mead berger shevtsova garfinkle michta grygiel blankenhorn bayles
 
India's Call for Arms
Lockheed and India Partner Up on F-16 Deal

Top defense firms in India and the U.S. just stepped up their cooperation in a big way. Reuters: is reporting that a new F-16 deal is in the works for the Indian Air Force:

Lockheed Martin (LMT.N) signed an agreement with India’s Tata Advanced Systems on Monday to produce F-16 fighter planes in India, pressing ahead with a plan to shift its Fort Worth, Texas plant to win billions of dollars worth of order from the Indian military. […]

In announcing their agreement at the Paris Airshow, Lockheed and Tata said moving the production base to India would still retain jobs in the United States.

“F-16 production in India supports thousands of Lockheed Martin and F-16 supplier jobs in the U.S., creates new manufacturing jobs in India, and positions Indian industry at the center of the most extensive fighter aircraft supply ecosystem in the world,” a joint statement by the firms said. […]

India will also have the chance to export the F-16 that is flown by air forces around the world, the joint statement said. Some 3,200 of these planes are being flown by 26 countries and the model that is being offered to India will be Block 70, the most modern of all the F-16s.

The signing of the F-16 deal is well-timed ahead of Indian Prime Minister Narendra Modi’s visit to Washington next week, a tangible agreement that both sides can tout as a sign of deepened defense cooperation. Of course, there is some obvious tension here—Modi has touted the F-16 deal as part of his “Made in India” initiative, while President Trump has famously railed against American companies that outsource jobs and production overseas. But Tata and Lockheed seem to have already anticipated Trump’s objections, playing to the President’s sensibilities by stressing that the deal will still support American jobs despite the manufacturing shift.

In any case, the F-16 deal is a win-win for New Delhi. India is in desperate need of new jets, ships, and weapons to replace its Soviet-era stock, and it has been buying from all comers (including Israel, France, and Russia) as it seeks to arm up for the new millennium. This deal will help further upgrade India’s arsenal, while promoting Modi’s goal of increasing domestic production within India.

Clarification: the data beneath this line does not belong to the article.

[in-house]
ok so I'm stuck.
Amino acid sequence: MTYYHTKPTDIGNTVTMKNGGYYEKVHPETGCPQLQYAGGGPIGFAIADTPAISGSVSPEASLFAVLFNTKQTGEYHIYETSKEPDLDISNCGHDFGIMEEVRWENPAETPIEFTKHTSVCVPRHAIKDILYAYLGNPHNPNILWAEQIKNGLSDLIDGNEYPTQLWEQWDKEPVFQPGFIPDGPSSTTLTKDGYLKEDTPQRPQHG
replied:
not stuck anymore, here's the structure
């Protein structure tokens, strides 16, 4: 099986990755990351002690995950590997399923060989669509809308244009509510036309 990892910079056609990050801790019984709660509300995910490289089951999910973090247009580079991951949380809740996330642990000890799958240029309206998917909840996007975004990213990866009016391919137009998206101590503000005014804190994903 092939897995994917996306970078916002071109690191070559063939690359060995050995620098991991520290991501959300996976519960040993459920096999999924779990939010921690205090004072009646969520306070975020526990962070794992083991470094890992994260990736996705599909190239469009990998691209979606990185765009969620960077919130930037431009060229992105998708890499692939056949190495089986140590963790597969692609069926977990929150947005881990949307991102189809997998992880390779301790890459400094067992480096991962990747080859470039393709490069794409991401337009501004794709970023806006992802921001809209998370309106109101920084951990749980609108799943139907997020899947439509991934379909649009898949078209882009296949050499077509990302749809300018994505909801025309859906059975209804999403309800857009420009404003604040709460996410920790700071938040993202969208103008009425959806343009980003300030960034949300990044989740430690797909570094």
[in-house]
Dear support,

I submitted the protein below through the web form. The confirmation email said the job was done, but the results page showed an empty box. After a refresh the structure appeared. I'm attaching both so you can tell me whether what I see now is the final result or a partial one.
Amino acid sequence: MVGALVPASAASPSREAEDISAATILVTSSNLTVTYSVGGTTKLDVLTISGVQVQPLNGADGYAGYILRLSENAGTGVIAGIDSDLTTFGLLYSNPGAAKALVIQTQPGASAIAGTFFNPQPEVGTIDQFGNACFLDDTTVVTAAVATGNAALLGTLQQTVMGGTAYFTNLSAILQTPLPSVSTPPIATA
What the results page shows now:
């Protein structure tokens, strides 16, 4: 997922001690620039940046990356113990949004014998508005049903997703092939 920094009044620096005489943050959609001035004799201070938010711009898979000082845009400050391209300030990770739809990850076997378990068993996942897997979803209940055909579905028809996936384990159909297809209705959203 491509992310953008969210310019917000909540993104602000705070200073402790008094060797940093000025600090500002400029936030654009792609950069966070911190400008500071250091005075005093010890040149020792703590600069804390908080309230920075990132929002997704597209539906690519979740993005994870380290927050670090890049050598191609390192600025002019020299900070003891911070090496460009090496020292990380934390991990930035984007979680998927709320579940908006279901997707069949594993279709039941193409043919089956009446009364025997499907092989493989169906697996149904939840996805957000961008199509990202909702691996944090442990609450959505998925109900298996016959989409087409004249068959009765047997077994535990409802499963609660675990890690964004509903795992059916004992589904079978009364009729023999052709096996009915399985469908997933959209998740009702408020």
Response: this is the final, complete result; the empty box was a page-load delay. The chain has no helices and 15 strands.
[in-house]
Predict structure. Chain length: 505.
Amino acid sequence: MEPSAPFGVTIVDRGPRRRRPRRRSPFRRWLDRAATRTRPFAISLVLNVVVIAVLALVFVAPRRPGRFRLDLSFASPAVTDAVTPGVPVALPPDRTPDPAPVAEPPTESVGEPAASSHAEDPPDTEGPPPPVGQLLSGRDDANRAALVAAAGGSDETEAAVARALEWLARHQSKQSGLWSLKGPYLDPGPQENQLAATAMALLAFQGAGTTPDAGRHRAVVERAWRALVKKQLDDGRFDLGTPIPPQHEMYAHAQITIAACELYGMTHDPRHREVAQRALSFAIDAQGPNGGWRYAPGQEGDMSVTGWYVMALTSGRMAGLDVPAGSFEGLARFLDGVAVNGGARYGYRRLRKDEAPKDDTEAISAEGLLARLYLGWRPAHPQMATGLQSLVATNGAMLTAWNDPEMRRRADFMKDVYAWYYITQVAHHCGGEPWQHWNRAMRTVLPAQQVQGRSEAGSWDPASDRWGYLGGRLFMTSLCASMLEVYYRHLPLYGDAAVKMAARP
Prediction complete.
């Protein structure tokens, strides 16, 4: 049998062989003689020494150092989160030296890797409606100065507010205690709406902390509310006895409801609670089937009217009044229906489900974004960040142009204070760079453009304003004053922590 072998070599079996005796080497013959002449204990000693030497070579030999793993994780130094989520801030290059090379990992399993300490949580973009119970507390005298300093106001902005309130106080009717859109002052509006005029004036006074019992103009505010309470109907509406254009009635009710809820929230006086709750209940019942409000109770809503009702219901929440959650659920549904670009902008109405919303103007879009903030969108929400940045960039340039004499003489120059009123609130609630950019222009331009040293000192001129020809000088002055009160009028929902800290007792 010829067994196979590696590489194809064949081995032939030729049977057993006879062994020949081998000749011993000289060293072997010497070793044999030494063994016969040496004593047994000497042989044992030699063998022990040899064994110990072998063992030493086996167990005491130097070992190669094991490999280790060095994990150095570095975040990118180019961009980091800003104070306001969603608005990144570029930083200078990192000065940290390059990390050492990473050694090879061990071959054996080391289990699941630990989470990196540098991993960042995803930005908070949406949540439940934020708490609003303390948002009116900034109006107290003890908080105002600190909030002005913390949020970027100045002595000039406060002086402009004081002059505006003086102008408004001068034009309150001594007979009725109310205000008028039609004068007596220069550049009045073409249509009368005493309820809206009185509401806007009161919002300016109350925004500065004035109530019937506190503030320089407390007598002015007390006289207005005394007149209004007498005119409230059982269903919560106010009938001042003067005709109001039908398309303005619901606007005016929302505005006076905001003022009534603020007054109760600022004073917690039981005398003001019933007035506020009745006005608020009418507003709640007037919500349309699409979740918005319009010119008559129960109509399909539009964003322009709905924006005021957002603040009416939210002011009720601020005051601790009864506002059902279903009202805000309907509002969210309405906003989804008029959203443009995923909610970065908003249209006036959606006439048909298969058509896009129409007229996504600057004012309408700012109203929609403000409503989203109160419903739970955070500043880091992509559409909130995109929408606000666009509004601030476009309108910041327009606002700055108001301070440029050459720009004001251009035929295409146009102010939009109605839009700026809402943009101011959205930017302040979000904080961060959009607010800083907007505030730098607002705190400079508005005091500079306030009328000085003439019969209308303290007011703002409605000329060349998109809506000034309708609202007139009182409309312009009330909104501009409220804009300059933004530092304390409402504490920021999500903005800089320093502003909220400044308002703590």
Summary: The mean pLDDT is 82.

The F-16 deal could also give India some leverage over its arch-rival Pakistan. Under the terms of the agreement, India now has partial control over the export of F-16s to other countries. One of the biggest buyers of those jets is Pakistan, which has lately been stymied in its efforts to secure subsidized F-16s from the United States. With the U.S. refusing to sell Islamabad the jets at bargain prices and key supply chains now running through India, Pakistan may now need to look elsewhere to upgrade its air force.

Features Icon
Features
show comments
  • rheddles

    My bet is that the Paks look to Beijing. Time to get out of Afghanistan as our route through Pakistan may clo9se soon.

    • Fat_Man

      The Pakistanis have always been our enemies. That is why they were sheltering Bin Laden. We should have decamped from Afghanistan years ago.

  • Jacksonian_Libertarian

    The Pakistanis already have a fighter jet deal with China. The light weight, single engine JF-17, the engines have to come from Russia because the Chinese still suck at building jet engines.

    • Doesn’t that kind of mean that anything the U.S. or its allies sells the Pakistani government is at risk of falling into Chinese hands?

  • India for all its shortcomings is still Asia’s largest democracy, as the world’s first modern democracy, the United States should do more to help strengthen and stabilize it.

© The American Interest LLC 2005-2017 About Us Masthead Submissions Advertise Customer Service